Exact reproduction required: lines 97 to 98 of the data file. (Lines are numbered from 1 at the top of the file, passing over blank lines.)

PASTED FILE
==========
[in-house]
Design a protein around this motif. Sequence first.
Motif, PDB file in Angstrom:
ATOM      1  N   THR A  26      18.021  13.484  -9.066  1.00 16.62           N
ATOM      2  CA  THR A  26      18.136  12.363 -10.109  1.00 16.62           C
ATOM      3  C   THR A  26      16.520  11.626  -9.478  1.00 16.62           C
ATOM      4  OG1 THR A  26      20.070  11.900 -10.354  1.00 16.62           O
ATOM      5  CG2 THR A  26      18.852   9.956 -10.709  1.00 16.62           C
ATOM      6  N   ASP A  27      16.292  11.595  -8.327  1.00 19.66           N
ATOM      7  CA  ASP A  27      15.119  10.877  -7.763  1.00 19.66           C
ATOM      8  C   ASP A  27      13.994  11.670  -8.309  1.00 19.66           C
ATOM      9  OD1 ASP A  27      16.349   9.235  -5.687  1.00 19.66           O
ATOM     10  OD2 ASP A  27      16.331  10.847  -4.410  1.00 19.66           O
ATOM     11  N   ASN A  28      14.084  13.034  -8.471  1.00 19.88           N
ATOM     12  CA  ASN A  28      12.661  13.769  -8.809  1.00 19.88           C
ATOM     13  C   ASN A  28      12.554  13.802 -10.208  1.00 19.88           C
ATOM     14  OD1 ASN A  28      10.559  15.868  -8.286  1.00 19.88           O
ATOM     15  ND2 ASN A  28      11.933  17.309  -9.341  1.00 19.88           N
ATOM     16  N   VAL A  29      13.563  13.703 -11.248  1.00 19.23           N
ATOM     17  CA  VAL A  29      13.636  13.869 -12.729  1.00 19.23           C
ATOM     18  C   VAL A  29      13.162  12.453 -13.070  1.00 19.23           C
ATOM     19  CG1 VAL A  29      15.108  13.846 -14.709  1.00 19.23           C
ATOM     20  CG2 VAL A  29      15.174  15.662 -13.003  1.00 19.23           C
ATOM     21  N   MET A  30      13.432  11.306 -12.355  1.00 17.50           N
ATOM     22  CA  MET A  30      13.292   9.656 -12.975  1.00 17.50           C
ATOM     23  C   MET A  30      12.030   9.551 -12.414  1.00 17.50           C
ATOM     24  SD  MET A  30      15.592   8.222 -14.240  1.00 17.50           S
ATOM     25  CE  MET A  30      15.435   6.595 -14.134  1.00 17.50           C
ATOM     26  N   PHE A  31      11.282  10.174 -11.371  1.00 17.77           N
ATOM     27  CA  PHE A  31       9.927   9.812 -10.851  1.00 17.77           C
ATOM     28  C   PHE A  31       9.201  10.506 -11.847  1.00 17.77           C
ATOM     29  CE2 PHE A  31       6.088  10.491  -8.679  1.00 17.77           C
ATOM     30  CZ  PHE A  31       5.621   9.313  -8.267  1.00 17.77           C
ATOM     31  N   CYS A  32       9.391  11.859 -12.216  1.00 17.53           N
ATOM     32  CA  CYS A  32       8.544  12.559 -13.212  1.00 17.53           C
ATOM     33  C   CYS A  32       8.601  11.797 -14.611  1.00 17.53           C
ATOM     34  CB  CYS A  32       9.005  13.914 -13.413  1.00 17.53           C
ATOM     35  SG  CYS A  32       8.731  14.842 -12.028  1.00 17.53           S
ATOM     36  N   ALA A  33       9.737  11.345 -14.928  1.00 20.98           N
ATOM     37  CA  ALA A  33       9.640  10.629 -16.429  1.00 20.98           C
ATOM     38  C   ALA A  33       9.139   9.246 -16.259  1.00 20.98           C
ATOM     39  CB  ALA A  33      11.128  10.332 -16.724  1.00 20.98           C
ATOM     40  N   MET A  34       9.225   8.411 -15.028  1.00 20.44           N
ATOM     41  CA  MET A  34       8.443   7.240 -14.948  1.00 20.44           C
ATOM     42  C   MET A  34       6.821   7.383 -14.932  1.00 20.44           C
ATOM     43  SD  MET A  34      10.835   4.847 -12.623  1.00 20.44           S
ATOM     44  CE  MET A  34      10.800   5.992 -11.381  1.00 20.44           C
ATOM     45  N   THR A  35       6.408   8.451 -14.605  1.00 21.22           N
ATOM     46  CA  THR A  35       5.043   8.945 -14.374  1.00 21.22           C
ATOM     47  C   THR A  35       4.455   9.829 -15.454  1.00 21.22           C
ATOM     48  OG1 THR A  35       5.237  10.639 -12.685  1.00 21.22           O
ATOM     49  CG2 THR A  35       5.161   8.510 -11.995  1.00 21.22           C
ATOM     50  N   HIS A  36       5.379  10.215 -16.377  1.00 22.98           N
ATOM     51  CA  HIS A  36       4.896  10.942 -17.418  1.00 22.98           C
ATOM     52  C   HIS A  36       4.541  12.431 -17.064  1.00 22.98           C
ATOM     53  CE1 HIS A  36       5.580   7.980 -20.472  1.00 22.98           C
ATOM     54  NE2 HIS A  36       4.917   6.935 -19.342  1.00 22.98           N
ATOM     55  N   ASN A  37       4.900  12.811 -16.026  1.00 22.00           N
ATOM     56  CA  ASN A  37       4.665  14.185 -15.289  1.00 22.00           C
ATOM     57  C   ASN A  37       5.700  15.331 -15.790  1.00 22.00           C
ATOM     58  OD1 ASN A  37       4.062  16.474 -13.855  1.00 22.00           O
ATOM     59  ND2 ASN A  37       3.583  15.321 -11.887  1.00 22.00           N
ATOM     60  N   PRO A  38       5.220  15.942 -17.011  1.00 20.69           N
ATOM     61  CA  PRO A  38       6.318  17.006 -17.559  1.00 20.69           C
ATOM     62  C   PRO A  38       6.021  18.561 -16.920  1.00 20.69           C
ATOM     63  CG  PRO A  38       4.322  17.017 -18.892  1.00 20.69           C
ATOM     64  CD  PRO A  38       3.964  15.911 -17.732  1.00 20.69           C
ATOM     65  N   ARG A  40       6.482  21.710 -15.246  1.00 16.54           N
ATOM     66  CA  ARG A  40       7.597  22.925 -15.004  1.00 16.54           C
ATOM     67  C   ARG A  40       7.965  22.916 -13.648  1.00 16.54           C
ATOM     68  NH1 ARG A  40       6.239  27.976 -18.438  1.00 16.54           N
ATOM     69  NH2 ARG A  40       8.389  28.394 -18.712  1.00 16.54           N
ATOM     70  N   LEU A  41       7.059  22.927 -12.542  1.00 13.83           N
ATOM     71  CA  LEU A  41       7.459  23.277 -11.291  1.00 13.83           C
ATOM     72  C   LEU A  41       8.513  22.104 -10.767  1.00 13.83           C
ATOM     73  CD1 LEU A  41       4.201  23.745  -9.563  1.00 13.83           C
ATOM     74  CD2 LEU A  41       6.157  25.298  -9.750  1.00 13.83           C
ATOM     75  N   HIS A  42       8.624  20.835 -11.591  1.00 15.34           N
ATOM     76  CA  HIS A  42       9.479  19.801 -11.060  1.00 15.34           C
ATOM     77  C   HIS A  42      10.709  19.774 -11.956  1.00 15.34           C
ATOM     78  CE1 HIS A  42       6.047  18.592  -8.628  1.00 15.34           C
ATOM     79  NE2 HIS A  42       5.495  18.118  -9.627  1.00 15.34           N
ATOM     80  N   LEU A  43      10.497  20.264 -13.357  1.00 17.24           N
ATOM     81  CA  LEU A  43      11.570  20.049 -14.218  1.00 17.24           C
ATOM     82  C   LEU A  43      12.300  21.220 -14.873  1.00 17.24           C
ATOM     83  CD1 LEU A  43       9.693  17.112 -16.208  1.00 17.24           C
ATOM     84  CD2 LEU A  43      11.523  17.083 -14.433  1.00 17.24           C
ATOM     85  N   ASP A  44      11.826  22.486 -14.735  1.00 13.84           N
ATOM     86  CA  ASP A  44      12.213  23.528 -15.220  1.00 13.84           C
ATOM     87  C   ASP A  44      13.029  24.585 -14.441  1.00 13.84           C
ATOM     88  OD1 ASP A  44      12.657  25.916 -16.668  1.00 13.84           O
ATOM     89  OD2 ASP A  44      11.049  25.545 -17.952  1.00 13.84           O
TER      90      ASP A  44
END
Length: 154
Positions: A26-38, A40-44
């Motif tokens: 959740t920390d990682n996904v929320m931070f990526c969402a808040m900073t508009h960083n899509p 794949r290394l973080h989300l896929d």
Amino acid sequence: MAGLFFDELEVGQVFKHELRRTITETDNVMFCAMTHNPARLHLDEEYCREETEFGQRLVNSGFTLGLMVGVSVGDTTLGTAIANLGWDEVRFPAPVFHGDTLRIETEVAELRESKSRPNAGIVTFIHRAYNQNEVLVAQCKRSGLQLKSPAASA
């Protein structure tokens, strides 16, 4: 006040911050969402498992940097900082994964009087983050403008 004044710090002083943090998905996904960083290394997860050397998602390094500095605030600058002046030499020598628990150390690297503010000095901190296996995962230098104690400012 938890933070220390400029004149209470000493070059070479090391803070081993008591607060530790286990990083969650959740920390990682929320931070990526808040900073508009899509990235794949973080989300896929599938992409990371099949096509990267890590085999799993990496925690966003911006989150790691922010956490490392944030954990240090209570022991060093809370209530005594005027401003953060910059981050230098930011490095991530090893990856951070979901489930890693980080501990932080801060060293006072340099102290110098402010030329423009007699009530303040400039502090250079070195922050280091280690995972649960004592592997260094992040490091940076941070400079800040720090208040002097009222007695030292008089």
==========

């Motif tokens: 959740t920390d990682n996904v929320m931070f990526c969402a808040m900073t508009h960083n899509p 794949r290394l973080h989300l896929d």
Amino acid sequence: MAGLFFDELEVGQVFKHELRRTITETDNVMFCAMTHNPARLHLDEEYCREETEFGQRLVNSGFTLGLMVGVSVGDTTLGTAIANLGWDEVRFPAPVFHGDTLRIETEVAELRESKSRPNAGIVTFIHRAYNQNEVLVAQCKRSGLQLKSPAASA